"When you see churches being subjected to shootings, when you see malls being subjected to shootings, theaters being subjected to shootings, there was even a nightclub last night out west that had a tragedy that occurred, people have enough firepower they can do anything they want to, but I think prevention in schools comes into two main categories: What can they do to look at the mental health things and work with kids there? Number two, enlist the parents in helping us try to stay ahead of the curve on these things," Akers said.

4. Are there security measures other places have that are better?

"Construction is definitely going to be a part of your overall security plan, but it's just a part. The big thing about school security is redundancy and layers. You just have to have layers." Department of Criminal Justice training commisioner Alex Payne said.

"There are things we can do from a construction standpoint. There are all kinds of things. The big thing being around controlling access, being able to control who comes and goes from your school. So, you're talking about simple stuff. You're talking about keypads with speakers on them that come back to an area that actually has cameras attached to it that you can see who's there and what they're doing and you can communicate with that individual while they're still outside your building," Payne added. "You'll hear people say, metal detectors don't work. Yeah, they do. President of the United States, they carry them wherever he goes."

5. Why don't students take backpacks through metal detectors?

"The backpack would buzz because of all the metal, all the zippers and everything would, so that's why we have to open them up and physically search them rather than putting them through the metal detector or wanding them because it would create a signal," Peffer said.

6. What is the current procedure for checking backpacks?

We received no answer from the school district, but students tell WKYT security uses a rod which allows them to see the contents inside the bag.

7. Should backpacks be banned?

"Marshall County, for example, at the high school and the middle school they're not allowing book bags in there so that eliminates one thing you could be bringing into a school concealed," Akers said. "I would say that would be a strategy that could possibly reduce contraband from coming into the school, so it should seriously be considered."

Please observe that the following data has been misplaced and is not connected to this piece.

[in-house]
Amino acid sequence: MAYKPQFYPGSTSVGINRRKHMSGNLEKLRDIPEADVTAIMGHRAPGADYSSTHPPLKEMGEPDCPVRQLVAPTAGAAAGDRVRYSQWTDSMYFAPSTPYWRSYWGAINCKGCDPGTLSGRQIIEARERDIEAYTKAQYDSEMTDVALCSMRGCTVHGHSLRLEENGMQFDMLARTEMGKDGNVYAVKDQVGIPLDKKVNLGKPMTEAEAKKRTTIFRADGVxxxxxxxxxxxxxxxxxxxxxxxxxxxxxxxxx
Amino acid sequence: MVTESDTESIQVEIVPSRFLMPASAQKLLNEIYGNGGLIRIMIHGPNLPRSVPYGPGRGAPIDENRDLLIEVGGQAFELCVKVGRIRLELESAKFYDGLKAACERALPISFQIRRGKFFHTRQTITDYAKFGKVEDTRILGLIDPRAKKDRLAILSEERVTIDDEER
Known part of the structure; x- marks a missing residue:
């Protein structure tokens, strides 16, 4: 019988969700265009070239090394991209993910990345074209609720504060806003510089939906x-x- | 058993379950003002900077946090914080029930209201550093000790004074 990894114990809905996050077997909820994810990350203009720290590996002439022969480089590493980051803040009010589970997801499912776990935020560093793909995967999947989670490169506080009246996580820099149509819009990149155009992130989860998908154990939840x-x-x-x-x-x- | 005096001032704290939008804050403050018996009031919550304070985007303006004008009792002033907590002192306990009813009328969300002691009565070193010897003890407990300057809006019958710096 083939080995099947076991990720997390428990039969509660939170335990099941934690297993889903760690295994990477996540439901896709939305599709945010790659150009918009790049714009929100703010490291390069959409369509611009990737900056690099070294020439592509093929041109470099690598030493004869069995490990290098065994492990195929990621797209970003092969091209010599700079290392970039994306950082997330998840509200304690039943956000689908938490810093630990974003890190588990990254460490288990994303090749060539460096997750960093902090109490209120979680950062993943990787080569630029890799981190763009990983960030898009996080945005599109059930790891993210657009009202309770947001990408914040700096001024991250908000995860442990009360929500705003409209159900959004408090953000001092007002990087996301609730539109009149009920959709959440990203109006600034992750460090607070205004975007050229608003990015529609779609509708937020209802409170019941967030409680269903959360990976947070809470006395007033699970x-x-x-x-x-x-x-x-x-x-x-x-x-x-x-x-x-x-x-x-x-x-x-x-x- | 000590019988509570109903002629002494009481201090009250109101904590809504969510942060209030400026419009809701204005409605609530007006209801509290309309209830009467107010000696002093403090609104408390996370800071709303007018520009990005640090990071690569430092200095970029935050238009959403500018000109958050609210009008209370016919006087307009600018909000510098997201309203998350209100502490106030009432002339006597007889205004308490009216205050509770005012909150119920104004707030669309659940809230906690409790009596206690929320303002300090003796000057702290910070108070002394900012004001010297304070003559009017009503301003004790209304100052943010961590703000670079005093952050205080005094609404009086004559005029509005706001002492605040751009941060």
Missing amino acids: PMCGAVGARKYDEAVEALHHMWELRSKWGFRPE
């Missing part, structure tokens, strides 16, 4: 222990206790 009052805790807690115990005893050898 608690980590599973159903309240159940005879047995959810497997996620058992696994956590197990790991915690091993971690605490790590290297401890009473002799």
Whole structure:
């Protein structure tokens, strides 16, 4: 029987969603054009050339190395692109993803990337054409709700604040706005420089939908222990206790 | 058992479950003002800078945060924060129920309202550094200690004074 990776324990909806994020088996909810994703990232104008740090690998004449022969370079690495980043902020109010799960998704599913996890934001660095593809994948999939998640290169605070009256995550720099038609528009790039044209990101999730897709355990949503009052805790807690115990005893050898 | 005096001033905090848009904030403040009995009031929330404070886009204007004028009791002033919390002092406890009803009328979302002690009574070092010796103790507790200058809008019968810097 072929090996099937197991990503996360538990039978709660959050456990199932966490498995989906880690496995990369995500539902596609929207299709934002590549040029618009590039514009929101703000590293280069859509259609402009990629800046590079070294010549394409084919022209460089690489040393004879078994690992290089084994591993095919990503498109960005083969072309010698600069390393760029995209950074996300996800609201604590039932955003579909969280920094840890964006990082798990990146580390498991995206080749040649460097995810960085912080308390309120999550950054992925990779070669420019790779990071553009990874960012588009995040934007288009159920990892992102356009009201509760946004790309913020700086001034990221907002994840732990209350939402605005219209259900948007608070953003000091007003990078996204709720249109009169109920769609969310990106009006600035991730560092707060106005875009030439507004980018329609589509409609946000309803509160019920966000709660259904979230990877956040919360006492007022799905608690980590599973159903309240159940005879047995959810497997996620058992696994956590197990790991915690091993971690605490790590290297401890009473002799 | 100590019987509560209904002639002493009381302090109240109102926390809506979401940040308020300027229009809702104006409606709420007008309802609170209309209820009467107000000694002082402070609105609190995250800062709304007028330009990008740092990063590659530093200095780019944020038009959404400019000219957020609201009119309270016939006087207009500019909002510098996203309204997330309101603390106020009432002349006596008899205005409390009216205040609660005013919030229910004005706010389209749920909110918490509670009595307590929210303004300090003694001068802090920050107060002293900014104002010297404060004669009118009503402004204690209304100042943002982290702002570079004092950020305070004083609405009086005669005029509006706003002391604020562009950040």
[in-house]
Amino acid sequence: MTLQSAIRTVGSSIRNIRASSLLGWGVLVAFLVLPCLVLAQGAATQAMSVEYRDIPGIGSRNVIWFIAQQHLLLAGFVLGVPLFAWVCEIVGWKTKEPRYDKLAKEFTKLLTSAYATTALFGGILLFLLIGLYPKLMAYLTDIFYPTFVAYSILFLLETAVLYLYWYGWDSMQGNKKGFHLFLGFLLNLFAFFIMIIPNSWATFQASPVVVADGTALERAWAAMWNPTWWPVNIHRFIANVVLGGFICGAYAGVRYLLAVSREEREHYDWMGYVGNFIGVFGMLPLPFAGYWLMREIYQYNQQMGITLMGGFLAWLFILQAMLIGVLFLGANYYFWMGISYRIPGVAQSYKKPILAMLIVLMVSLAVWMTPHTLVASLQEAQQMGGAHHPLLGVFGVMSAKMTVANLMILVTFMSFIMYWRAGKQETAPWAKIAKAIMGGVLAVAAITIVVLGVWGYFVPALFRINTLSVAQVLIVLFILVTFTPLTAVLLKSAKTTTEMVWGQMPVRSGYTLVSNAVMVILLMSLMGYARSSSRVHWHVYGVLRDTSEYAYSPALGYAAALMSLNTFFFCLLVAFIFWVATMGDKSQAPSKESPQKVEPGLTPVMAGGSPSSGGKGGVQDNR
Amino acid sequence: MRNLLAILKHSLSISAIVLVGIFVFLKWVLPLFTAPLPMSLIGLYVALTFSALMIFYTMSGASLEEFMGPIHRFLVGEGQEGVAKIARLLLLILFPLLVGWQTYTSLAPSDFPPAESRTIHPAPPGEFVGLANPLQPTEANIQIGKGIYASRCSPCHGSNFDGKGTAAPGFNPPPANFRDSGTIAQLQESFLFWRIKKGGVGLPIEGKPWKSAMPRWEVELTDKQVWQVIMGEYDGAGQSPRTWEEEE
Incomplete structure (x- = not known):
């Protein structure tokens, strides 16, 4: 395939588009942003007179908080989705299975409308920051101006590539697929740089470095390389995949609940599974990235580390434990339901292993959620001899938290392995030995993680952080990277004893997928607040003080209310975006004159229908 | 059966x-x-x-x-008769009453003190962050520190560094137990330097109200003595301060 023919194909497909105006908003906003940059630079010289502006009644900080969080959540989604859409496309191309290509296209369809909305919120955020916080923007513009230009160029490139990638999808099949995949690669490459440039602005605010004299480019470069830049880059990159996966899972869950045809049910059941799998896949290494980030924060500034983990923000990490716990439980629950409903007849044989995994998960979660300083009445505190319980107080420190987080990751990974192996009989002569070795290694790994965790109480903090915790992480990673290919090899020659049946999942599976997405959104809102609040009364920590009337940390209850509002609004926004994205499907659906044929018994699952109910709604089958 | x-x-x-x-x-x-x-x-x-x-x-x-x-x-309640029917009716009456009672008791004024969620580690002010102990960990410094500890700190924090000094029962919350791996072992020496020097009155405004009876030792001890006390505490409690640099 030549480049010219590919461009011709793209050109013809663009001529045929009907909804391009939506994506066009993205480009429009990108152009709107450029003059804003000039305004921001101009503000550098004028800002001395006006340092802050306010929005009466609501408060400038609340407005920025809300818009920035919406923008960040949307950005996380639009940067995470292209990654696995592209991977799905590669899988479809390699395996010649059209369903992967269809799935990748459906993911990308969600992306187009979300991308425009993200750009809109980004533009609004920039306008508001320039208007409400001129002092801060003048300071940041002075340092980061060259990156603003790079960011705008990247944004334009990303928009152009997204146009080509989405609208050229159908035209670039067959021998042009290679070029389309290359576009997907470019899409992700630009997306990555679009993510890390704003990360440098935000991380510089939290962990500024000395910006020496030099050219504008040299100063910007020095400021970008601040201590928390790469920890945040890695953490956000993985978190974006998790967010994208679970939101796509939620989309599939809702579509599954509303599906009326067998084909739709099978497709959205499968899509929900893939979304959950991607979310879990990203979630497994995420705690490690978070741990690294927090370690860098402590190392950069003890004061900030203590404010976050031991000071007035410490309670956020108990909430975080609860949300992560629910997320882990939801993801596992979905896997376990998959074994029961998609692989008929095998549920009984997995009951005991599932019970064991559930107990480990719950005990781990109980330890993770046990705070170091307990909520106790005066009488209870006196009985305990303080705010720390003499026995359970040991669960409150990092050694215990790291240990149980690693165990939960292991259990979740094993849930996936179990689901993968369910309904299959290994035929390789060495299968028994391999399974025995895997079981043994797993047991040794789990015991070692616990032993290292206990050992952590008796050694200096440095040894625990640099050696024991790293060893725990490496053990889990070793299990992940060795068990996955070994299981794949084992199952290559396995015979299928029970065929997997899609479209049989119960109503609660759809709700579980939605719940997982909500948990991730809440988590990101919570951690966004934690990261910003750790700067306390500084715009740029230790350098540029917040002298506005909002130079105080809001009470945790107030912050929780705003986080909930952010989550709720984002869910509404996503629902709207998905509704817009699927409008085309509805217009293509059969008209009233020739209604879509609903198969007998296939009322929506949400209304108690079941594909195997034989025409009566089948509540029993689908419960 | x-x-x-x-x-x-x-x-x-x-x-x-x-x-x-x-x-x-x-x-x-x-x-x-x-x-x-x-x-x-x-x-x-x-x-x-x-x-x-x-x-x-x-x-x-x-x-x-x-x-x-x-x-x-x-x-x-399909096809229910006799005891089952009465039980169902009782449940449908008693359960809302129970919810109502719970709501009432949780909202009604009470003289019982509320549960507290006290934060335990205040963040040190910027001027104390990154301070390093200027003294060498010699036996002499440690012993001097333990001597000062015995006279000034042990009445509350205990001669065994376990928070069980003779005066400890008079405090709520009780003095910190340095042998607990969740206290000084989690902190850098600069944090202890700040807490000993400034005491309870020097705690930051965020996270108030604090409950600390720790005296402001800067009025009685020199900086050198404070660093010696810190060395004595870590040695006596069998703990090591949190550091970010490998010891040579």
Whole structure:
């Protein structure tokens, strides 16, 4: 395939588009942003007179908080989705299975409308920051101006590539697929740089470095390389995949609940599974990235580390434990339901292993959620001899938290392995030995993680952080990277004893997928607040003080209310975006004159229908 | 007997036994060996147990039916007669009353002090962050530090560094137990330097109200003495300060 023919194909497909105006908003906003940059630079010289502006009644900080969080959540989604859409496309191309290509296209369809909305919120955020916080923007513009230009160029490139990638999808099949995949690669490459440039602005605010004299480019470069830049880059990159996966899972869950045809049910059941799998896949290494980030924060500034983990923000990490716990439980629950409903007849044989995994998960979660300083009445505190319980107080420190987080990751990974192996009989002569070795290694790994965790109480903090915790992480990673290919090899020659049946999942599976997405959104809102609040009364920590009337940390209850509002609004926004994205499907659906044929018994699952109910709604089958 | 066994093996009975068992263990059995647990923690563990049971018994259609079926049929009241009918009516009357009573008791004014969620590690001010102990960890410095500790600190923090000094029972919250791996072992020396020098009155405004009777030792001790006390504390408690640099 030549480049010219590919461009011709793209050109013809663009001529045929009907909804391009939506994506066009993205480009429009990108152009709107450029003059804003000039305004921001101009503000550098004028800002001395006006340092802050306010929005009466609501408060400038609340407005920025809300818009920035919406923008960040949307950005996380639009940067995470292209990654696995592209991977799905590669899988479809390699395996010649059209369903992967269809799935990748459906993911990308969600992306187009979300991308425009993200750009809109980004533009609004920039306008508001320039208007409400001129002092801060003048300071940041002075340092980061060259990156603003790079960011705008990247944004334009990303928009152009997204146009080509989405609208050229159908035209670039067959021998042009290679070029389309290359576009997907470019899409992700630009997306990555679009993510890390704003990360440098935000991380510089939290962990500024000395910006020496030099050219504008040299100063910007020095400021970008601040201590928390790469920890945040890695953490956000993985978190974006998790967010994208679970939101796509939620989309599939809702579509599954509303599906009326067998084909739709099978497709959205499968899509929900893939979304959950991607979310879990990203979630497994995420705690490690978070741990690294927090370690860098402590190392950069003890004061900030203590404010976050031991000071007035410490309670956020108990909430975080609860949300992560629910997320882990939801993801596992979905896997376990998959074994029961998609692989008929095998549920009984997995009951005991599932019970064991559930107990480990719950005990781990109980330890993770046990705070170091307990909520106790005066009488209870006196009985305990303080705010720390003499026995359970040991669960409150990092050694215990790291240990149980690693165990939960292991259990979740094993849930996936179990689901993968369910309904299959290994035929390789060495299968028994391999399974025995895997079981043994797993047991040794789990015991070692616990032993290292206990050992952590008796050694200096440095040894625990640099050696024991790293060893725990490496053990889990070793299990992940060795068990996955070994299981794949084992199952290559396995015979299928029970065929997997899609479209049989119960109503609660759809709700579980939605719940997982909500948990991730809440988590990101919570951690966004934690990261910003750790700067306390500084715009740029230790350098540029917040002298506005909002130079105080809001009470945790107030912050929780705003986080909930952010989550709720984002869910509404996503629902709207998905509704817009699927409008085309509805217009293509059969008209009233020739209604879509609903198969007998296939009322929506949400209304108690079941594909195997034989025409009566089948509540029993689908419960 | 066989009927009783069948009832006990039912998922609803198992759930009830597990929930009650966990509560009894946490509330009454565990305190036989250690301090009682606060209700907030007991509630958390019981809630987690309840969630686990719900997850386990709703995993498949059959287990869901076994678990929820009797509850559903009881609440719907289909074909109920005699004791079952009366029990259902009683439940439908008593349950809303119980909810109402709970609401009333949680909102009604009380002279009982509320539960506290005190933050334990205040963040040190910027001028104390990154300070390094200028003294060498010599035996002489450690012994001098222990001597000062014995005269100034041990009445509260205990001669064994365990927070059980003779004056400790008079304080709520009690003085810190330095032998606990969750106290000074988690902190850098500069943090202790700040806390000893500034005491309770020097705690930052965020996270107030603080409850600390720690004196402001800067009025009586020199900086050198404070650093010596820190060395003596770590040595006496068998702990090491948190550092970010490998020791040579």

"History leaves a pretty good footprint. You don't have to study too far. History leaves a pretty good footprint about these things so, yeah, there you go. Get rid of backpacks," Payne said.

8. What happens to the student who brought the gun to school?

STATEMENT OF EXPECTATIONS & RESPONSIBILITIES: CODE OF CONDUCT STUDENT GUIDE

4.0 STUDENT CODE OF CONDUCT VIOLATIONS

"A student who brings a firearm/explosive device onto school property or to a school activity shall be suspended from school for 10 (ten) days and the superintendent shall report the incident to the board for expulsion, which may be up to and including 1 (one) calendar year. The board may modify these recommendations on a case-by-case basis.

A principal shall report any such incident, including those involving elementary students, to the superintendent. Additionally, the principal shall file a complaint/offense report with the FCPS Department of Law Enforcement for each such incident.

The superintendent or his/her designee shall determine whether the student involved has an identified disability. Incidents involving students with disabilities shall be reviewed by the appropriate Admissions and Release Committee (ARC) and determined on a case-by-case basis in compliance with federal and state law, while a student without such a disability shall be referred to the board for an expulsion hearing."

Akers also added more about disciplinary recourse beyond one school district.

"You've got several layers. You have criteria from state law, then you have Fayette County Board of Education policy, and then you have site-based council policy, and they can be quite prescriptive on what needs to happen. Generally speaking, when a student brings a firearm to school they are expelled for one calendar year and charges are filed through juvenile court," Akers said. "I'm very conservative when it comes to firearms in the schools. I think that if you don't have a meaningful consequence to impose when these things happen you may not change the behavior."

9. Who are the security officers and what training do they receive?

"We have security ambassadors that are contracted through the district to help us with the searching of backpacks and the implementation of the metal detectors," Peffer said.